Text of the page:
Motorcycle stuck in sand in Morocco

· 3 min read · morocco stuck sand

The wind was ferocious this morning. I was on a hill and getting the full force of it. It was a struggle to keep the bike upright with feet down and the engine not running. When there was what seemed to be a lull, I plucked up the courage to start my decent down the hillside. Wasn't too bad once the bike was moving and I was sheltered by other parts of the hill. Eventually made it down in one piece!

I purchased a SIM card in Tanger, which was about a quarter the price of the Spanish one I had. Walking back to the bike, an elderly lady tried selling me tissues to which I politely declined. She instantly accepted this and also said "welcome" with a beaming smile!

The driving style out here is very different to what I'm used to. The cars can get very close from behind and when overtaking. Signals are seldom used. Lane markings appear to be for decoration, as do speed limits.

On the side of the road, there were many stalls selling pottery, such as tajines and water jugs. One stretch had about 20 stalls next to each other. I stopped to have a look and take a break from the sun.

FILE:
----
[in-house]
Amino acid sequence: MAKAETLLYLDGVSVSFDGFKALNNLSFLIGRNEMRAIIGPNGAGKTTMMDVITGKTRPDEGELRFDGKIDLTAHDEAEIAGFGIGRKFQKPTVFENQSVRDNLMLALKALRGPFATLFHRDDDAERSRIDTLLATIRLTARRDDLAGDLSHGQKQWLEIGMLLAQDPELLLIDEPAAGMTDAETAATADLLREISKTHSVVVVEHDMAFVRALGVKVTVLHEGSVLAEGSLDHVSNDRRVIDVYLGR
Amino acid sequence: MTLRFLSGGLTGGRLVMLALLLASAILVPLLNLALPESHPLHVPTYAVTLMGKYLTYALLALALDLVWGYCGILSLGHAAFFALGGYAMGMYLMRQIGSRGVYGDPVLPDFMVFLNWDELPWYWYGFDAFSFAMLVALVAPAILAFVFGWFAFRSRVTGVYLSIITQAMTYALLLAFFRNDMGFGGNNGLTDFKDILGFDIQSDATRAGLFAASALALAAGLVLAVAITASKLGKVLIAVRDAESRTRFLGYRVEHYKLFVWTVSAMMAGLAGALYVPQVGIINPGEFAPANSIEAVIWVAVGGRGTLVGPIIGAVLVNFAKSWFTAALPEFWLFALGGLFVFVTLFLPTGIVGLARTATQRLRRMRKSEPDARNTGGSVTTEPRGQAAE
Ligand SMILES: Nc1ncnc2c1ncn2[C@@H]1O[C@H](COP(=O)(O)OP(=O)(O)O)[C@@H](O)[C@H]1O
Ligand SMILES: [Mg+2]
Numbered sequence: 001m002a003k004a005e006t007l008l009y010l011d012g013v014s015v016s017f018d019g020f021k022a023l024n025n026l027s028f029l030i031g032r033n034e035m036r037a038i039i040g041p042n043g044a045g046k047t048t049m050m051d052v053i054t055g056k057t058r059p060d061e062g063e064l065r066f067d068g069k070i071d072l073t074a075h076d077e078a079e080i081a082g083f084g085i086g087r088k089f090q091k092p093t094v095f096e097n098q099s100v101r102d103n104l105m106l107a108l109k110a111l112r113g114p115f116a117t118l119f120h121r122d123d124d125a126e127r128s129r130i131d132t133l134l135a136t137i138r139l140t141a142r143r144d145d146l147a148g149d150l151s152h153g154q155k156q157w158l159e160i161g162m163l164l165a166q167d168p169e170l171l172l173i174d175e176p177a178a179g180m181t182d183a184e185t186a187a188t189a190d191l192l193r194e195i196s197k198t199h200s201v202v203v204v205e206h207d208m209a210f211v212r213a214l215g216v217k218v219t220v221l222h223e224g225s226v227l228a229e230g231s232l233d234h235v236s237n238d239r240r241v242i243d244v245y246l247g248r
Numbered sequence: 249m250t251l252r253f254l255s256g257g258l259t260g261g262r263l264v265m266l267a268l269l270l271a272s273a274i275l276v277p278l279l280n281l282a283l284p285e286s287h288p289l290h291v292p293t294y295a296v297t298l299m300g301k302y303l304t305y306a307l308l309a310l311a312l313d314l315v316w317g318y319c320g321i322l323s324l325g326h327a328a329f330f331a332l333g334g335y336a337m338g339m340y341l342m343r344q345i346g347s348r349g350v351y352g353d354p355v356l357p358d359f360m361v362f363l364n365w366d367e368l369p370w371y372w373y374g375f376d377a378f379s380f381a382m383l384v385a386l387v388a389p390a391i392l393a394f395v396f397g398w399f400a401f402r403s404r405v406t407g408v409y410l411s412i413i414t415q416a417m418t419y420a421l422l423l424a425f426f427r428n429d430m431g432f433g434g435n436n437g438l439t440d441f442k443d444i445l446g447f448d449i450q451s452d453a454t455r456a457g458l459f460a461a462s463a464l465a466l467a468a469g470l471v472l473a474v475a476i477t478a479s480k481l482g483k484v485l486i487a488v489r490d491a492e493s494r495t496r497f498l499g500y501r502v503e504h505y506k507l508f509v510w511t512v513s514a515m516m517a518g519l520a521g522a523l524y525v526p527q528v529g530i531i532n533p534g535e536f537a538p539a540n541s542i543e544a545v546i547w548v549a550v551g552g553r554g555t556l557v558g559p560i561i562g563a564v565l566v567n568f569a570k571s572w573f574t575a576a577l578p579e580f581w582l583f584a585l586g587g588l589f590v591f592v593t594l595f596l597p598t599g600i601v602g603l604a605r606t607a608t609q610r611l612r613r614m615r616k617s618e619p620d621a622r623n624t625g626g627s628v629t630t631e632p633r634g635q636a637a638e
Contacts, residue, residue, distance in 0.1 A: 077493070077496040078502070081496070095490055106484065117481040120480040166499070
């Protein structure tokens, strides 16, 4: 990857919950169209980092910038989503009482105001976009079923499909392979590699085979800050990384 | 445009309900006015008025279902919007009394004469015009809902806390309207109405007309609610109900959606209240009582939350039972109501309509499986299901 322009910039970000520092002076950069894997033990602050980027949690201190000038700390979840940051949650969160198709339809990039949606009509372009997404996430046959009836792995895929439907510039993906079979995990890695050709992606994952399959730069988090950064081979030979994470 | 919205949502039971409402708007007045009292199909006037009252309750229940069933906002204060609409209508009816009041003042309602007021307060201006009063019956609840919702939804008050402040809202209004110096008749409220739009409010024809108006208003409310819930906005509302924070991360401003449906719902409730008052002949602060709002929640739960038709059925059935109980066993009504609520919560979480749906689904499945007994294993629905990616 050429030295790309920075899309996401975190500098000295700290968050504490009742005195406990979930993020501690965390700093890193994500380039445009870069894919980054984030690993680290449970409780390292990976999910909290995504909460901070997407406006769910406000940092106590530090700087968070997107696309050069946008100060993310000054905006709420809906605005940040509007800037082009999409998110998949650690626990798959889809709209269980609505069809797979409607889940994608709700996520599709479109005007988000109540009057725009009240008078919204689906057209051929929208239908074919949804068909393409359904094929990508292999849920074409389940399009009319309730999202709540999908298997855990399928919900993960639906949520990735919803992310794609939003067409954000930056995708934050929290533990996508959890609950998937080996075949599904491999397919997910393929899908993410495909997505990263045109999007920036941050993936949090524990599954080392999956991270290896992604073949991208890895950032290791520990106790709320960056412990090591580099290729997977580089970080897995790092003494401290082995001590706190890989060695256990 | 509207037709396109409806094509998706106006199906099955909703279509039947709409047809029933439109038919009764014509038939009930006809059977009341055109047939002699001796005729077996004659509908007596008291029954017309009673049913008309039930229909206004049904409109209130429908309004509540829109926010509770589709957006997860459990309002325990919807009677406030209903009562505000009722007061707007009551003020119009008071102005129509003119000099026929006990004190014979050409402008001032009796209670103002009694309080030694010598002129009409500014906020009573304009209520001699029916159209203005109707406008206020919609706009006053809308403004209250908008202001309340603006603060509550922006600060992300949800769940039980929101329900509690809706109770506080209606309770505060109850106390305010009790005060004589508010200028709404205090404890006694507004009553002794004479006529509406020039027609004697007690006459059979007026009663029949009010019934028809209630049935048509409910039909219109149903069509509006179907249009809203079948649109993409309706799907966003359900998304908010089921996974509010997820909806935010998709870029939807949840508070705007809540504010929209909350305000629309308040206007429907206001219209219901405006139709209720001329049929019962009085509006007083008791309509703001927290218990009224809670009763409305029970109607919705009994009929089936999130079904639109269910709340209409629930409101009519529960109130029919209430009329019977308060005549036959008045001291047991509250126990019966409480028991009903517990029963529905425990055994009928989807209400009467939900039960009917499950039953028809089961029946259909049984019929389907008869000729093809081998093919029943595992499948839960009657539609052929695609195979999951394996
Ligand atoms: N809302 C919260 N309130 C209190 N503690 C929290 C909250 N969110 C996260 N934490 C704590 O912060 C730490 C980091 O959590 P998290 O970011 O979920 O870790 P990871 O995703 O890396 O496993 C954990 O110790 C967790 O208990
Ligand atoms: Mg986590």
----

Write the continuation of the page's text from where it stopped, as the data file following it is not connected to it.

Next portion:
A tajine shop in Morocco.
A tajine shop in Morocco.
Tajine shops in Morocco.

The squat toilet was quite different to what I'm used to!

Looking down at a squat toilet in Morocco.

On the edge of a town, I noticed a long funnel of water that is used to irrigate crops. A perfect opportunity to fill up with water. About 30 people walked or drove by and they all said hello and smiled. One chap on a bike turned round to chat to me. He was very friendly and inquisitive about my journey.

Progress on the road was slower today. I didn't make it to Rabat, but it's only 15-20 miles away. I chose to find a spot to camp sooner than planned because the sun would soon set. Whilst exploring a potential area, it became a bit sandy, and a bit more again. I stopped to plan my route through the sand. This meant I would have to start the bike from sand, which can be tricky. This is where I came a cropper. My rear wheel dug into the sand I became stuck.

My Honda CRF250L stuck in sand in Morocco.
My Honda CRF250L stuck in sand in Morocco.
My Honda CRF250L stuck in sand in Morocco.

I scrapped away the sand and placed wood under and in front of the wheel to give it something to grip. The wood was old and my new tyres just slice through it like butter. The bike was on a slight incline, so I decided to take off the panniers and rock the bike backwards out of the hole. That worked! Phew! Having written this, I have just remembered that I should have deflated the tyre to a lower pressure to get more surface area contact with the ground. Will remember for next time.

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